Entrepreneurs past 50 years of age make up a vibrant group in the world of small businesses. If you’ve been thinking about starting your own business, this is a great time to become one of them. Trust me, it’s a lot easier to establish a business today than it was when I first started out 25 years ago.
Before you set up shop, however, it’s good to consider what the factors are that determine entrepreneurs who will succeed and those who won’t. As you will see, it’s not simply a question of experience or having the right diploma.
Being able to solve problems
Is your company going to solve a problem facing the consumers you are targeted? While starting a business is easier than ever, creating yet another online shop or one more pizza delivery service is not likely to get you very far, unless people in your area really need more pizzas. Think about this for a moment, because this is huge. If there is no market, if there is no demand for what you are offering, there is no business.
Low running costs
How much money do you need to keep your business running from month to month? If you need office space, costly hardware and other technologies, and a large team, you may be in for a hard time. Start-ups that thrive today often do away with office space by enabling employees to work from home on their own devices, and outsource services to avoid the costs of maintaining IT, customer support, and marketing teams.
Doing what you love
Is your business an extension of who you are? Successful entrepreneurs enjoy what they do. They enjoy not just the role of being an entrepreneur, but rather the whole pyramid of processes they supervise. It takes dedication and hard work to get a business going, and without believing in what you do, you may not find the time or the energy to persevere in the face of obstacles.
Having a good network
Do you know people who will be interested in what you have to offer? The more friends and acquaintances you have who would appreciate what your business can provider, the easier it will be to get your small business running. This is especially important for local businesses.
Willingness to learn
Transitioning from the corporate world to running a business involves a lot of learning. Your skill-set has to be adjusted, and so does your approach to many things. Decisions become in many cases more important than your own productivity, which can be outsourced. You may have to take on project management, leadership, or soft skills courses. Are you willing to put in time to deepen your knowledge?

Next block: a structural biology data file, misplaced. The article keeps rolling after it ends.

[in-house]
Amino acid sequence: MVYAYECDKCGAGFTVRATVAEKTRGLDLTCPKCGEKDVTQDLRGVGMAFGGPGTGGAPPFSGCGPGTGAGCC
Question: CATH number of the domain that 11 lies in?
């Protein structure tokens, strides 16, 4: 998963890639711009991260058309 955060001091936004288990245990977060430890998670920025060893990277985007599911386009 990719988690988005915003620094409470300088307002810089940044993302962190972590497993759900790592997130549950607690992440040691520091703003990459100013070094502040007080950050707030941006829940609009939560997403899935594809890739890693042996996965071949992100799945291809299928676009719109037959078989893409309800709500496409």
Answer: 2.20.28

Adaptability to technology
Businesses today have become more dependent on technology than ever before. From the small local store to the online shop that delivers goods in all states, companies use a mix of devices, applications, and online services to speed up their processes, increase productivity, and get work done on time. Your competitors are already using technology, which means that you can’t afford not to use it. This key factor alone is worth a separate article on its own.
There is a lot of talk about automation and delegation, about the four-hour workweek and entrepreneurs who just set things up and then let the business run on autopilot. The truth is that in the first months at least, your business will likely require your full-time commitment. I still recall the 60-hour work weeks with one of my start-ups.
How much time are you willing to put into your business? What about Saturday and Sunday calls? Are you willing to take them?
Probably the best thing about being a 50+ entrepreneur in the 21st century is that you can learn as you go. Neither your diploma nor your past experience can prevent you from starting a business centered around something you care about. But to make it all happen, you need to be fully committed and willing to work hard, at least in the beginning.